House Energy and Commerce Committee Chairman Frank Pallone, D-N.J., released a far-reaching climate proposal that would require economywide net-zero greenhouse gas emissions by 2050 and mandate that utilities generate electricity from clean energy sources.

The draft legislation, called the CLEAN Future Act, would create federal subsidies and also new standards for the electricity, transportation, industrial and building sectors. It also includes provisions on environmental justice, methane emissions, hazardous pollutants and worker development programs.

A committee-produced section-by-section outline of the climate proposal can be found here.

House Energy and Commerce Committee Chairman Frank Pallone, D-N.J.

House Energy and Commerce Committee Chairman Frank Pallone, D-N.J.

Pallone said his committee would hold a series of hearings this year related to the draft legislation. He also requested stakeholder feedback, with the goal of introducing legislation by the end of 2020.

Republicans on the committee panned the effort as partisan, calling it a “politics-over-progress approach.”

Pallone’s challenge in developing legislation this year will be generating broad support from within his own party, especially from progressive lawmakers who advocate for more aggressive measures to address climate change, such as eliminating the use of fossil fuels.

For example, Rep. Alexandria Ocasio-Cortez, D-N.Y., last year introduced the Green New Deal, a nonbinding resolution that calls for more strict greenhouse gas reductions. It has 98 co-sponsors among House Democrats.

Rep. Alexandria Ocasio-Cortez, D-N.Y.

Rep. Alexandria Ocasio-Cortez, D-N.Y.

Similarly, Democratic presidential candidate Bernie Sanders is pushing a $16 trillion climate plan that would nationalize electricity production, eliminate fossil fuels in electricity generation by 2030 and immediately ban hydraulic fracking.

Pallone said his proposal is more politically realistic and economically achievable. His proposal and effort to develop legislation has the support of senior members of his committee, including Reps. Paul Tonko, D-N.Y., chairman of the Climate Change Subcommittee, and Bobby Rush, D-Ill., chairman of the Energy Subcommittee.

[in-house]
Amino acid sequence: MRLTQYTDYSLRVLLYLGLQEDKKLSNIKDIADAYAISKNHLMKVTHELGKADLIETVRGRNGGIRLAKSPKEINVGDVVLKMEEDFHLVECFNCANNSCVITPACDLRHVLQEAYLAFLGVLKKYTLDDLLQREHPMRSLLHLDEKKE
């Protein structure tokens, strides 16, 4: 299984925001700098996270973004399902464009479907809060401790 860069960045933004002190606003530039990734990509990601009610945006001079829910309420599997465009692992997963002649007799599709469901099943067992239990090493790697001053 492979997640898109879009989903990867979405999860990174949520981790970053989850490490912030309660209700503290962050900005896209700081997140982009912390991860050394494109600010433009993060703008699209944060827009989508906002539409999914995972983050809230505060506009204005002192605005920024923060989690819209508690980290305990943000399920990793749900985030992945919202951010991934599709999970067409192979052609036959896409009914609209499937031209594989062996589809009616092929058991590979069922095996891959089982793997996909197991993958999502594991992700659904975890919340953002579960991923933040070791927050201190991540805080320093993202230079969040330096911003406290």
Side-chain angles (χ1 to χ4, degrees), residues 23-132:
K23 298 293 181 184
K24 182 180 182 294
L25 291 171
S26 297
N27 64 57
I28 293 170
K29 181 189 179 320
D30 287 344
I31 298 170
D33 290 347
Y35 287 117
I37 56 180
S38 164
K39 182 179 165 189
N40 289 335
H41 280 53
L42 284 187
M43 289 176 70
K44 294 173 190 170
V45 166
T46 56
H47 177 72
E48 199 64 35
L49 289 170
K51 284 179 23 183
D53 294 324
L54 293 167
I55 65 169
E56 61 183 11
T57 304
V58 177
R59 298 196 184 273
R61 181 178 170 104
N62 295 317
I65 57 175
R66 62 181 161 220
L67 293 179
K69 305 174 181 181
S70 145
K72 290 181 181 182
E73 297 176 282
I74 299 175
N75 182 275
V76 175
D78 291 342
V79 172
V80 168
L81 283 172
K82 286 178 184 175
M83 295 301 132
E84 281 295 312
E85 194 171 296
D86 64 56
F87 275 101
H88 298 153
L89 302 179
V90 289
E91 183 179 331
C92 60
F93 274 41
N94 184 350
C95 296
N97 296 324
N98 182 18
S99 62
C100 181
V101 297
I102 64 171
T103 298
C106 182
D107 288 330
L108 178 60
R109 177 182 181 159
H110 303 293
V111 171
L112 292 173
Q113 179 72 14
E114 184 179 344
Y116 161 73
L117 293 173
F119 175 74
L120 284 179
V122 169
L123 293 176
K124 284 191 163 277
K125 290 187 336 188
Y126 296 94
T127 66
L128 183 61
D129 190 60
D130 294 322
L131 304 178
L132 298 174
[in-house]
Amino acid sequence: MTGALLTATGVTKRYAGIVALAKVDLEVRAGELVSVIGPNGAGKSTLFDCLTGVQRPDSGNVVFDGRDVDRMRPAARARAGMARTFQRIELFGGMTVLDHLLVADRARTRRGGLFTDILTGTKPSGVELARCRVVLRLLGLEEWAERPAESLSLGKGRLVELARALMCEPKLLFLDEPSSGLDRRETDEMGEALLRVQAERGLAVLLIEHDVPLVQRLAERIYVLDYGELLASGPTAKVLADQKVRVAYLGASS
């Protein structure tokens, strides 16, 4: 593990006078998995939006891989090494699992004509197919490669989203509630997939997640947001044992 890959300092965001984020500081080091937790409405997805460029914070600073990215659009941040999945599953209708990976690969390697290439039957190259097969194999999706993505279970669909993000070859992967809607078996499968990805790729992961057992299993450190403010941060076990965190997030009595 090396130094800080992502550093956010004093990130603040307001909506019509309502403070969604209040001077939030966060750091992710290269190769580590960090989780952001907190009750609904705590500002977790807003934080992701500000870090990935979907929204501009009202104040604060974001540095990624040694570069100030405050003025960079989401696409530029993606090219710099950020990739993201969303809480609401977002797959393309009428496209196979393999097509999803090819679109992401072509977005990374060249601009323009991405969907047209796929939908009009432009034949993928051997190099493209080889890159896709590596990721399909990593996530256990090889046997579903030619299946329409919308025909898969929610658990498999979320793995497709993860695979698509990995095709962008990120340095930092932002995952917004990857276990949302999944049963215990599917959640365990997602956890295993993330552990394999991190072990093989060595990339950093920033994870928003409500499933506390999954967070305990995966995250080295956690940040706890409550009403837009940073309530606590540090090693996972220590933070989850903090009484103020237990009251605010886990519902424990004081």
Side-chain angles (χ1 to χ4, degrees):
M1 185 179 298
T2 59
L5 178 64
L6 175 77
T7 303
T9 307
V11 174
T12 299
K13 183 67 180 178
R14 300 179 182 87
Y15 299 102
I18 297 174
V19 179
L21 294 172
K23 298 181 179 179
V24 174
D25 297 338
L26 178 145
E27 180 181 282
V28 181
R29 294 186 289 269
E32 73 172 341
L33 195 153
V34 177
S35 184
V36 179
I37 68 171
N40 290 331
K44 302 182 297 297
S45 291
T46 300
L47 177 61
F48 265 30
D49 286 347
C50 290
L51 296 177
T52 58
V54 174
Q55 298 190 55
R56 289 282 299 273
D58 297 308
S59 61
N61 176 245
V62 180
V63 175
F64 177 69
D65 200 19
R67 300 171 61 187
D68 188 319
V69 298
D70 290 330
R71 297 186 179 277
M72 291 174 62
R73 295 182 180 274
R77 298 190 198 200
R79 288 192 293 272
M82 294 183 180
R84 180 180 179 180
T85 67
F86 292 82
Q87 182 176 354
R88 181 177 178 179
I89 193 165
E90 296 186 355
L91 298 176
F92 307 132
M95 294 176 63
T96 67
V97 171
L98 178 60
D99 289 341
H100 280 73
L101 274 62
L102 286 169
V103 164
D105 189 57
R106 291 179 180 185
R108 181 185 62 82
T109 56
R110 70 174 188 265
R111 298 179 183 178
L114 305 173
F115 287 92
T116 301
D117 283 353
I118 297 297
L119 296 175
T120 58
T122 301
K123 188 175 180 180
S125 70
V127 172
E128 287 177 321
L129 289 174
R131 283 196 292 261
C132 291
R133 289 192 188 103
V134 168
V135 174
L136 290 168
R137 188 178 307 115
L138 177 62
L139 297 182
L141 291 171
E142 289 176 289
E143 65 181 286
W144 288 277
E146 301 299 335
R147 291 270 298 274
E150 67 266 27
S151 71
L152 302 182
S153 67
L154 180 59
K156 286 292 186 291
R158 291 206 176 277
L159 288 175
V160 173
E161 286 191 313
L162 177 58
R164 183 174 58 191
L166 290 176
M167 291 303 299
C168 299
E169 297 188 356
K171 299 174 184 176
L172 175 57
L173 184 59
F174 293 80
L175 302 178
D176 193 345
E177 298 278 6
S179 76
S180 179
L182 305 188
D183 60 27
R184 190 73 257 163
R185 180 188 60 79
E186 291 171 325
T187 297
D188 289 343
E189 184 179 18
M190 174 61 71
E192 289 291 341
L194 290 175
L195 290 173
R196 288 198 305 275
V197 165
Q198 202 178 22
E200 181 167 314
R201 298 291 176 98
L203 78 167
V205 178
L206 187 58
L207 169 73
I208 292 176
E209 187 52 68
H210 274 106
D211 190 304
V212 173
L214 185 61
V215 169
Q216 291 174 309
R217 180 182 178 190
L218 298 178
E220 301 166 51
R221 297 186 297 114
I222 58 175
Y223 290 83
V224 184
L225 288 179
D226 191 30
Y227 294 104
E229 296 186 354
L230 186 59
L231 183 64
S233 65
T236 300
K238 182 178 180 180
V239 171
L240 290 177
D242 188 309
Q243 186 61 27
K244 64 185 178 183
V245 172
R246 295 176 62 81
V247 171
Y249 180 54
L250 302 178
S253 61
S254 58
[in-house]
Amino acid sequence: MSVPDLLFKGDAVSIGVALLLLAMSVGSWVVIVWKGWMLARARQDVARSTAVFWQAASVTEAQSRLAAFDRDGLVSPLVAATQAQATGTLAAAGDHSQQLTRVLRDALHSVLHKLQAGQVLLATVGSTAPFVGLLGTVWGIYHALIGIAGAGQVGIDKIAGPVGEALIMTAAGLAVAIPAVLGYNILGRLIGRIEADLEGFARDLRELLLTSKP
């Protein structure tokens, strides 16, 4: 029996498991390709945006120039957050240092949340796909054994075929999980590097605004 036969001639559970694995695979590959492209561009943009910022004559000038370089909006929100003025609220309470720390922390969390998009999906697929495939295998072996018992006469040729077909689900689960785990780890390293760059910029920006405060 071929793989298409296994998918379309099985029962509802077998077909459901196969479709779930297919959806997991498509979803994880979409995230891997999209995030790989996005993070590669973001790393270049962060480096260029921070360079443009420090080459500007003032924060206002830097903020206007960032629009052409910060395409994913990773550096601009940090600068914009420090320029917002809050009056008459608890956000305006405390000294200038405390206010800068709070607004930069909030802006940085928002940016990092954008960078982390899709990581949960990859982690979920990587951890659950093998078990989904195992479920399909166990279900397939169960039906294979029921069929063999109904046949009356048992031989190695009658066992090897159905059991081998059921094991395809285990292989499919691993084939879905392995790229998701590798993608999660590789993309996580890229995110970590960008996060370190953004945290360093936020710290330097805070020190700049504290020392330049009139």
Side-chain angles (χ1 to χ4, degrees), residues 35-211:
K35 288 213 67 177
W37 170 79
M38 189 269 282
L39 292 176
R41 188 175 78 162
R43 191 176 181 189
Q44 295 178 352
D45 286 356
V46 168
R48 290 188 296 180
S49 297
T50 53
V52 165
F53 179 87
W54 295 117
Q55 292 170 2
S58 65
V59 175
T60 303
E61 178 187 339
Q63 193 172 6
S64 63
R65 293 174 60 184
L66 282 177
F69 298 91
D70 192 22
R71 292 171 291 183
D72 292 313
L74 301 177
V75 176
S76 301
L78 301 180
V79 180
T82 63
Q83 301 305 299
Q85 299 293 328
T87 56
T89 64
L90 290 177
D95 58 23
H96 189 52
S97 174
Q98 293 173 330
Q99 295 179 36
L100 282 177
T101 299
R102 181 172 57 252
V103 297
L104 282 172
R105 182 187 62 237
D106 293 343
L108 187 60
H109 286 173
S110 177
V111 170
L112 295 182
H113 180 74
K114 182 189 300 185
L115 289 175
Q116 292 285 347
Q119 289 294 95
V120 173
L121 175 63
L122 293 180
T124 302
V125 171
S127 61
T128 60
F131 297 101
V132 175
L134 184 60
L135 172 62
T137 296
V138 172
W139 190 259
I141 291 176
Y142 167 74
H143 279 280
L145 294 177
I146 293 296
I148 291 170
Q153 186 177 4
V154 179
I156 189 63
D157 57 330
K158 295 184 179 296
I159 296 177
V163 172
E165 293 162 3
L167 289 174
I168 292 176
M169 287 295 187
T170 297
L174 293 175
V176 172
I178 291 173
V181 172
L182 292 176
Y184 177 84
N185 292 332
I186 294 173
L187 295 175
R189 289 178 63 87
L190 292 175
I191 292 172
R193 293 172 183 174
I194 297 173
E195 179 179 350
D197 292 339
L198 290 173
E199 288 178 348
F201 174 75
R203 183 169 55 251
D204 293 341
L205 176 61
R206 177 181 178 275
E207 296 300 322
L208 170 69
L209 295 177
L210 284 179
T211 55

U.S. electricity generation is responsible for 28% of all domestic greenhouse gas emissions, according to the Environmental Protection Agency’s (EPA) Greenhouse Gas Emissions inventory. The CLEAN Future Act would require that all retail electricity providers increase clean electricity supply by 2022 – ramping up to a required 100% by 2050.

Pallone’s plan would establish a credit trading program for providers to buy, sell or trade credits to comply with those requirements.

For the transportation sector, the proposal focuses on increasing efficiencies to meet the emissions goals. Using subsidies and grants to ease the transition to electric vehicles, the plan aims to drive advances in low-carbon alternative transportation fuels under the existing Renewable Fuels Standard.

Rep. Bobby Rush, D-Ill.

Rep. Bobby Rush, D-Ill.

The draft bill would direct the EPA to set new and increasingly stringent emissions standards for all classes of motor vehicles, requiring year-over-year improvements to reach the 2050 net-zero goal. EPA would be required to create standards for “nonroad” engines, such as aircraft and locomotives. Additionally, the bill would provide incentives for boosting the electric vehicle fleet through nationwide infrastructure improvements and grants for retrofitting existing vehicles.

For stakeholders in the industrial and building sectors, the bill would set procurement requirements and efficiency standards. Establishing a Buy Clean Program, the proposal would require that materials purchased for projects receiving federal funds be the “cleanest construction materials,” with the goal of reducing emissions and strengthening U.S. manufacturing of clean products and low-carbon materials. Seeking to improve building efficiency, the CLEAN Future Act also would establish national energy savings targets for building energy codes and require zero-energy-ready buildings by 2030.

Drawing from the state-directed model of the Clean Air Act, the proposal would require states to receive approval from the EPA for their respective plans to reach the 2050 target, either independently or in coordination with other states.

Beyond reducing greenhouse gas emissions, Pallone’s proposal addresses environmental pollution and environmental justice by codifying President Bill Clinton’s 1994 Executive Order 12898, which mandated that federal agencies integrate environmental justice in decision-making and allow for more engagement from underserved communities in rulemaking processes. The proposal also would amend the Safe Drinking Water Act by requiring monitoring of drinking water in sources connected with hydraulic fracturing operations and eliminating exemptions under the Solid Waste Disposal Act for oil and gas exploration and production wastes.

Pallone’s proposal also would address the Low-Income Heating Energy Assistance Program, disposal of coal ash, brownfields funding, and emissions-reduction targets for the oil and gas industry.